Five Money Saving Resolutions To Start The New Year

30 December 2010

happy-new-year-2011In a couple of days it'll be 2011. What are you going to do to make every penny count? Here's my top five money saving resolutions. found by looking on the internet, talking to other parents and reading up on the professionals.

These are not the sorts of tips you're going to get from those whose business it is to help you save money and deal with your finances. I'm not about to tell you to shop around for the cheapest credit card deals because I know nothing about interest rates or what an APR is. Or tell you to shop around for insurance don't just renew - that's just commonsense.

Nor am I going to tell you to compare utilities and look for a cheaper option. For three reasons - first you know this already because every single money saving site out there will have told you; second there are professional sites that do comparisons for a living and I don't; and third because I think that's a bit of rubbish advice. I took it a few years ago, swapped to a cheaper rate and ended up in customer service hell with everything going wrong that was possible to go wrong, endless cock-ups with bills, and a sure certainty that in fact in the end I paid more than I should have.

Now I am older, and wiser, and know to look just as closely at customer service as I do at the bottom line.

And, I'm not going to put making a budget down on here either. You're either going to make a budget (and hopefully stick to it) or you're not. As a grown up you know this is something you should do, you don't need me to tell you.

1. Read Bank Statements

Drowning under paperworkReally read them. Go through at least a months worth (thought it is better to go through statements over a quarter but if you can't bear the thought of that at least do a month's worth). Look at all the little items and make sure you know what they are.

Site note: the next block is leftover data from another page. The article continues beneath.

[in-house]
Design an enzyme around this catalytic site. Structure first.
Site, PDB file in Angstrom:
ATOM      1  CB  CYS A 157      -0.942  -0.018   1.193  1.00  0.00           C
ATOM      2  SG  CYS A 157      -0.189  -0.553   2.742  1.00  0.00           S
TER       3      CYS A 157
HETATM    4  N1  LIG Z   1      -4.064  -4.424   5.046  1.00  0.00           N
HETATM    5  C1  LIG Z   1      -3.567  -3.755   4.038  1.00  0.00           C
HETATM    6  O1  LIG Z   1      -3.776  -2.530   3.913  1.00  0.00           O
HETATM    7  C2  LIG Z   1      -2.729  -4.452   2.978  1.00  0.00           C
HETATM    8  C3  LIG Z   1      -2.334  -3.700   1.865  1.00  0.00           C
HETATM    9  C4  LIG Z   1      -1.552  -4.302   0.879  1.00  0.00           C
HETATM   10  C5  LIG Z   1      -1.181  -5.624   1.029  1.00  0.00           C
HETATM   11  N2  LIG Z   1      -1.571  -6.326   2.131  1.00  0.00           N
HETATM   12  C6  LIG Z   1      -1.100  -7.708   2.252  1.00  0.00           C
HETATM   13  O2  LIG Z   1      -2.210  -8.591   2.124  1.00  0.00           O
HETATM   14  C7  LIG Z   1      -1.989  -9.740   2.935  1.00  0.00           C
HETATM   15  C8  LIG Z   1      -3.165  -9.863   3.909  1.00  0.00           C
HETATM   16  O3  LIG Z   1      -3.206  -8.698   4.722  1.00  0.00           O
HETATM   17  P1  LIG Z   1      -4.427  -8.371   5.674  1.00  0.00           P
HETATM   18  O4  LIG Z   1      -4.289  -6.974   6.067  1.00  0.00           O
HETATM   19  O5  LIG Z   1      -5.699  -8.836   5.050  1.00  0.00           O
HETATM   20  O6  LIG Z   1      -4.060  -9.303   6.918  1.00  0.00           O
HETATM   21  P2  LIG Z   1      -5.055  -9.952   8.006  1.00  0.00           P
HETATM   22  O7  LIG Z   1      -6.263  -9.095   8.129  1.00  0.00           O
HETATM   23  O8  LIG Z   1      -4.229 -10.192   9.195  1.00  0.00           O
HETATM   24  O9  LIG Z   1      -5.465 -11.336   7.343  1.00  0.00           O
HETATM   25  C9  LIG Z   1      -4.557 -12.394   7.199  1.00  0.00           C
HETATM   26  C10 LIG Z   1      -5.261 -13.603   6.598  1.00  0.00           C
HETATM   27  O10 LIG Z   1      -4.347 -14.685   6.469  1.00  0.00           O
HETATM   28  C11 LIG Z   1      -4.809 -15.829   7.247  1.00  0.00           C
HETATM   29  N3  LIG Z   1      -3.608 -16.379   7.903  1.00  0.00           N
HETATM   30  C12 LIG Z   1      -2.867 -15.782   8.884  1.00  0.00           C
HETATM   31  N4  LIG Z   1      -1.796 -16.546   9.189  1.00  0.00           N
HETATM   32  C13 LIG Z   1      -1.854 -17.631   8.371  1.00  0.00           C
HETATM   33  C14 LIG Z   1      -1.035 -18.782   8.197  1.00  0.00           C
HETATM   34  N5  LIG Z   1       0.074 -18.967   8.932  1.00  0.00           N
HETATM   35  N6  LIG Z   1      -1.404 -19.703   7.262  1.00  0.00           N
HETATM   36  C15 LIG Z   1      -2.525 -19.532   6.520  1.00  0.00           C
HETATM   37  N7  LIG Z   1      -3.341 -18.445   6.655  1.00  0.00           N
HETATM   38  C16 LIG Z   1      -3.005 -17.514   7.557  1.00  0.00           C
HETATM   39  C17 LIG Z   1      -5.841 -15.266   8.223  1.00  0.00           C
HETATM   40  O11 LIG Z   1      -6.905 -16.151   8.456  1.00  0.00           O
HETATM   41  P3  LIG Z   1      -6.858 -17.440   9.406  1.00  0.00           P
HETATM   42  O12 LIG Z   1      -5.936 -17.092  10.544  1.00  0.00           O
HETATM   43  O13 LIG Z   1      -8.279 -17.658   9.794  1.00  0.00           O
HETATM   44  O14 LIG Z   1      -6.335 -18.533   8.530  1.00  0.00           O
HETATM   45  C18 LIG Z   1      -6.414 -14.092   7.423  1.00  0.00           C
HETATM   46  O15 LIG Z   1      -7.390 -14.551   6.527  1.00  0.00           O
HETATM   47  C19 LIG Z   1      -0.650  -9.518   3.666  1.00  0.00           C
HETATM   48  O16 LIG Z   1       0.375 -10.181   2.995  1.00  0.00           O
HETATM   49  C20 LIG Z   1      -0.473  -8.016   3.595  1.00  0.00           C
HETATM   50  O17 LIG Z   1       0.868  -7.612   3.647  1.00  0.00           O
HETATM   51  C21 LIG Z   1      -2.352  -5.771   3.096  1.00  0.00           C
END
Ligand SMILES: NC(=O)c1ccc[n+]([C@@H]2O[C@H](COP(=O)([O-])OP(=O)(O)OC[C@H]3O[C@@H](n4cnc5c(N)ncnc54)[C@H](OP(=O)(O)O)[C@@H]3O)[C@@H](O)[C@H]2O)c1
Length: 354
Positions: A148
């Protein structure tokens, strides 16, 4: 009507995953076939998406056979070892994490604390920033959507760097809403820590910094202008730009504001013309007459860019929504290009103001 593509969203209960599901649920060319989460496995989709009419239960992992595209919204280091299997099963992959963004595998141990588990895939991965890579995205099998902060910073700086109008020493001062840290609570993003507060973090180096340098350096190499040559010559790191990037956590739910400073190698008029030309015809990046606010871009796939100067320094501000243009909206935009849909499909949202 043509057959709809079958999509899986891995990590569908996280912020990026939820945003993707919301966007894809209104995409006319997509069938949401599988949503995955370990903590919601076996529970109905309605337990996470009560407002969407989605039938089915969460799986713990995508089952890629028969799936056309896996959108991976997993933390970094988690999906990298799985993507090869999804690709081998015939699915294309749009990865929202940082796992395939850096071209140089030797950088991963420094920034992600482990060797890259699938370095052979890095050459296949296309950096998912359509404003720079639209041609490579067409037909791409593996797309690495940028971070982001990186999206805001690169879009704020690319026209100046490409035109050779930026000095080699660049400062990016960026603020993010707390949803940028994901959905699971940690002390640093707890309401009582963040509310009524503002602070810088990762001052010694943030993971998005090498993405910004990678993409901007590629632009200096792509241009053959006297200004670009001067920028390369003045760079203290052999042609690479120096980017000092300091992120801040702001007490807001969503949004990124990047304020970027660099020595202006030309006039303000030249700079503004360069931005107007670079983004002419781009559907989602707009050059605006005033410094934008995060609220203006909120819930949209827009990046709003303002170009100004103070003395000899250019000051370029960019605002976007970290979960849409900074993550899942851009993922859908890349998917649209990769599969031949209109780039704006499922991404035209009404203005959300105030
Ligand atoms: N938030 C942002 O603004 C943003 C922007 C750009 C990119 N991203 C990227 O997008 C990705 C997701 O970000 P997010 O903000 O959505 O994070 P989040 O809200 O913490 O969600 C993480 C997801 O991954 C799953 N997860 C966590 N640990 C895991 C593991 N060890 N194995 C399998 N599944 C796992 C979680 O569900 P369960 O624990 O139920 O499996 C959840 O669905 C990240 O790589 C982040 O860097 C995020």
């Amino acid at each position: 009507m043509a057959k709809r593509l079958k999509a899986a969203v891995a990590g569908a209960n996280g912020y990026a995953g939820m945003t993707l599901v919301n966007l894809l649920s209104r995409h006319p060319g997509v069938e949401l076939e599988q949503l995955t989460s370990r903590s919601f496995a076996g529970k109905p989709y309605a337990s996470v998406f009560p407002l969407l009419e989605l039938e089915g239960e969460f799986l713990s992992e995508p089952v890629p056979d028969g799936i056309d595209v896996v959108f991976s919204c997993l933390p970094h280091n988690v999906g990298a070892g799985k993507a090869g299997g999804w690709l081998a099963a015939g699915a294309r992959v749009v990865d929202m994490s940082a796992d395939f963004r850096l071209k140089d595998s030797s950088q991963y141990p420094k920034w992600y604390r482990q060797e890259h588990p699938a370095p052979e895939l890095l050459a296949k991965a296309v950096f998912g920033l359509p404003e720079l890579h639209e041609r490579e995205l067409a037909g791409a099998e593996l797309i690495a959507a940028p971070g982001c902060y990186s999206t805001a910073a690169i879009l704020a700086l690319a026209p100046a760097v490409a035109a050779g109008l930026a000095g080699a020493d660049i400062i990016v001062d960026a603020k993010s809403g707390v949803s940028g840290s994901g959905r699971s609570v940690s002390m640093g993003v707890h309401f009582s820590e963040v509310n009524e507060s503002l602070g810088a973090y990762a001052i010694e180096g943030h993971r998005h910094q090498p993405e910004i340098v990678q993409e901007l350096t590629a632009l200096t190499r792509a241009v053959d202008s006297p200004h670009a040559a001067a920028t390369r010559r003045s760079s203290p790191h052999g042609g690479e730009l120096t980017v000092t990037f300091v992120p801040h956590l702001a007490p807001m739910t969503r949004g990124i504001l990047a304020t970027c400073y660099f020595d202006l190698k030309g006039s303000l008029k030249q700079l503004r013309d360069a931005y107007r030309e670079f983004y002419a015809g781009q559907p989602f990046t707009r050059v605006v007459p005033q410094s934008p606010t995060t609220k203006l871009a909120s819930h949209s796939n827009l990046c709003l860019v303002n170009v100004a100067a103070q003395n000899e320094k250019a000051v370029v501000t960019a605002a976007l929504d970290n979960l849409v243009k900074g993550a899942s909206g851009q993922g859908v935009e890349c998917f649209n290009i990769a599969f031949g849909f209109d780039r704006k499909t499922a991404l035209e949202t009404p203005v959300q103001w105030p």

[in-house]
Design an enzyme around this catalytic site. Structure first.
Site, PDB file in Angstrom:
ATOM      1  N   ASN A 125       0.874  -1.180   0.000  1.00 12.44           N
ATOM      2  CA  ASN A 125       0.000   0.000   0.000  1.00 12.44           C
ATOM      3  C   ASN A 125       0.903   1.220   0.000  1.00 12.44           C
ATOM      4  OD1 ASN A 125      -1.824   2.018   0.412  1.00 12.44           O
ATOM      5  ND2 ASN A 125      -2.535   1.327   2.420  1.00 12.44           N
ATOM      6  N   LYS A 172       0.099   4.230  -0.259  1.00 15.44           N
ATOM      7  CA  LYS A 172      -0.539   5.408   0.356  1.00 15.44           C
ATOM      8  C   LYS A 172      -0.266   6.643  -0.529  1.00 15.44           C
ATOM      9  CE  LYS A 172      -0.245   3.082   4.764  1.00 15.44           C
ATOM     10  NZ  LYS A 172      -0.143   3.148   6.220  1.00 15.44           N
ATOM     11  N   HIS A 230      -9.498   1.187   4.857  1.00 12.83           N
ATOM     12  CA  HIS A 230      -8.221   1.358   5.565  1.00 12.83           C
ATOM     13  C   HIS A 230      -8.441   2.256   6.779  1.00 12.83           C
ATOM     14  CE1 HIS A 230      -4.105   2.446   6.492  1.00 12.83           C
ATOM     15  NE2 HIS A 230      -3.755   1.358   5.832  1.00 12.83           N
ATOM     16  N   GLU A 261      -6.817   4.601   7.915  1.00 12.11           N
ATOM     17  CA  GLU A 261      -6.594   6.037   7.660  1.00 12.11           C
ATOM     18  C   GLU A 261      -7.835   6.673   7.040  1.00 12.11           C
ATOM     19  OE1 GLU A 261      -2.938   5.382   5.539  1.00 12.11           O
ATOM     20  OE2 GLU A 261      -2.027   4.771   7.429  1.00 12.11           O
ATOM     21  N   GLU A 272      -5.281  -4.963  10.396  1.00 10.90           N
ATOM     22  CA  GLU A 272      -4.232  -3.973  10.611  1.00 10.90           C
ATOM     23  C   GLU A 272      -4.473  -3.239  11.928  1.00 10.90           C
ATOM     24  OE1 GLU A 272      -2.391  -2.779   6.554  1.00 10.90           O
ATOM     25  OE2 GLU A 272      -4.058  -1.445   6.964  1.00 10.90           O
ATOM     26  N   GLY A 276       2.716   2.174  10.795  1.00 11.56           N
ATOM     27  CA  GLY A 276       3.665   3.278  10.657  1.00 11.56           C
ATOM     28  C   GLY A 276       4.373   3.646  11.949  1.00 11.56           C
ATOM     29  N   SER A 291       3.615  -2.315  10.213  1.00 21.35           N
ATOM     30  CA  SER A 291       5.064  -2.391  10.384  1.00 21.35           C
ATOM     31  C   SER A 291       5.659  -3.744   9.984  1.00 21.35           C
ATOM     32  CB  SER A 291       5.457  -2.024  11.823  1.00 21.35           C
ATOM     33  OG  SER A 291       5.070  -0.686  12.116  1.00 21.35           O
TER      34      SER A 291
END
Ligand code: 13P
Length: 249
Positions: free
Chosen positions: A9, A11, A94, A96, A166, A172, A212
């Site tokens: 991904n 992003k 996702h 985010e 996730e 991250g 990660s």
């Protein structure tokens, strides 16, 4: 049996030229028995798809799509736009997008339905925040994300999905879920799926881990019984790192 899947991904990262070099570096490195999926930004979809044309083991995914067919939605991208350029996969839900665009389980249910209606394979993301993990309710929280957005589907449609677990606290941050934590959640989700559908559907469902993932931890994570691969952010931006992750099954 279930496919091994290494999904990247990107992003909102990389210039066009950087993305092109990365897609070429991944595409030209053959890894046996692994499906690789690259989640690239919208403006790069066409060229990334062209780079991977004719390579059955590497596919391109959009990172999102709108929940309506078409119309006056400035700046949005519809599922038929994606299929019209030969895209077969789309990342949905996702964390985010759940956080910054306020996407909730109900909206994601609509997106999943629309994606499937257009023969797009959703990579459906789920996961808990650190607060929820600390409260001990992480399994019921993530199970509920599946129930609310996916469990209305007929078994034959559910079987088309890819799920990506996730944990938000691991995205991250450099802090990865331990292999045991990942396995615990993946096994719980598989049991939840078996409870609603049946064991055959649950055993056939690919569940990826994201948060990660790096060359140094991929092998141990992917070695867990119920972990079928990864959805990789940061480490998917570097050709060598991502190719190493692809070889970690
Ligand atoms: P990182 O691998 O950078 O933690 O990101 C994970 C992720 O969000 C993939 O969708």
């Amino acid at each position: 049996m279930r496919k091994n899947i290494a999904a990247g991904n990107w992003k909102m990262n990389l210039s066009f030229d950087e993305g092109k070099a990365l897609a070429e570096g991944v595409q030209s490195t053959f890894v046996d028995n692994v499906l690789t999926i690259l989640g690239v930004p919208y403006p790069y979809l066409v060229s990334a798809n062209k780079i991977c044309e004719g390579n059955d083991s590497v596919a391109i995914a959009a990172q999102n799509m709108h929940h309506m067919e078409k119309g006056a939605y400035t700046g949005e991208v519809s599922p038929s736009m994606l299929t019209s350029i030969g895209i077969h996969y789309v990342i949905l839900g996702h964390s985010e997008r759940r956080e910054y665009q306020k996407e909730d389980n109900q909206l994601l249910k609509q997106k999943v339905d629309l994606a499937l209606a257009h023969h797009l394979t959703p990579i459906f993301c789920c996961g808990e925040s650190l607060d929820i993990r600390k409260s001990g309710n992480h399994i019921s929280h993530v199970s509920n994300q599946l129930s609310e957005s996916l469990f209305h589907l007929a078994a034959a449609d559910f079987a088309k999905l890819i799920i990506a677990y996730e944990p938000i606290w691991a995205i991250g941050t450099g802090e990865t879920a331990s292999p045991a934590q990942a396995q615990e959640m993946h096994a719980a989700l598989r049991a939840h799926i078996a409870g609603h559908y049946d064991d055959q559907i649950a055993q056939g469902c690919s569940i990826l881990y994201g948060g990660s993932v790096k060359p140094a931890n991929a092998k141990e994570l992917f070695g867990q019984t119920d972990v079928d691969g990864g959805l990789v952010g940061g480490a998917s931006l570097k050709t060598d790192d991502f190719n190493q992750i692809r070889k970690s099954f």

Lynette had a bit of a shock "someone was taking thirty or forty pounds out of my account each week, buying petrol at a station miles from where I live. Somewhere I never go! But I didn't notice this at first as it wasn't clear where the station was. They managed to spend almost £500 of my money before I finally got around to checking my bank statements properly I'd just been glancing over them. I mean, you think that when someone nicks your card details they'll try to clear it out not use it for little bits."

directdebit22. Check Direct Debits

This is one I have to hold my hands up to. I am very much ashamed to admit that for 18 months I was paying two lots of buildings insurance. Frankly I felt a bit sick when I found out, and really quite stupid. It worked out OK though. After calling the insurance companies, I just needed to provide some information and then the excess was re-paid into my account. Apparently the insurance companies have an agreement that in these sorts of cases they cover half each.

3. Buy A Thermos Flask